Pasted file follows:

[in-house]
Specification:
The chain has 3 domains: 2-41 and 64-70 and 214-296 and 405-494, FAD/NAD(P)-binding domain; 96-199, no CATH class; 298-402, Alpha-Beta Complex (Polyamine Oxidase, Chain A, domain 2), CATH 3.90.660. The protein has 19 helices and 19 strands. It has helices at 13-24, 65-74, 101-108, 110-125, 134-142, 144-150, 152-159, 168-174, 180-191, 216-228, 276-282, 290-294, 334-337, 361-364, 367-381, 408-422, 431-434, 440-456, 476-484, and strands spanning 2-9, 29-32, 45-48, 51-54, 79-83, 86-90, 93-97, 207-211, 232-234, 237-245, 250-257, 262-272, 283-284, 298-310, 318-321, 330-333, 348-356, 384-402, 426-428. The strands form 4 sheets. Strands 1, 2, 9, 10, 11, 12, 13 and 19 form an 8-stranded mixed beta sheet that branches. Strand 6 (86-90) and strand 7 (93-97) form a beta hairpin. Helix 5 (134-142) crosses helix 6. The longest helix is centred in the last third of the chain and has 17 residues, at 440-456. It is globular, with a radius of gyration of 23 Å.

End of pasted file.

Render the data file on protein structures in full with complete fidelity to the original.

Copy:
[in-house]
Specification:
The chain has 3 domains: 2-41 and 64-70 and 214-296 and 405-494, FAD/NAD(P)-binding domain; 96-199, no CATH class; 298-402, Alpha-Beta Complex (Polyamine Oxidase, Chain A, domain 2), CATH 3.90.660. The protein has 19 helices and 19 strands. It has helices at 13-24, 65-74, 101-108, 110-125, 134-142, 144-150, 152-159, 168-174, 180-191, 216-228, 276-282, 290-294, 334-337, 361-364, 367-381, 408-422, 431-434, 440-456, 476-484, and strands spanning 2-9, 29-32, 45-48, 51-54, 79-83, 86-90, 93-97, 207-211, 232-234, 237-245, 250-257, 262-272, 283-284, 298-310, 318-321, 330-333, 348-356, 384-402, 426-428. The strands form 4 sheets. Strands 1, 2, 9, 10, 11, 12, 13 and 19 form an 8-stranded mixed beta sheet that branches. Strand 6 (86-90) and strand 7 (93-97) form a beta hairpin. Helix 5 (134-142) crosses helix 6. The longest helix is centred in the last third of the chain and has 17 residues, at 440-456. It is globular, with a radius of gyration of 23 Å.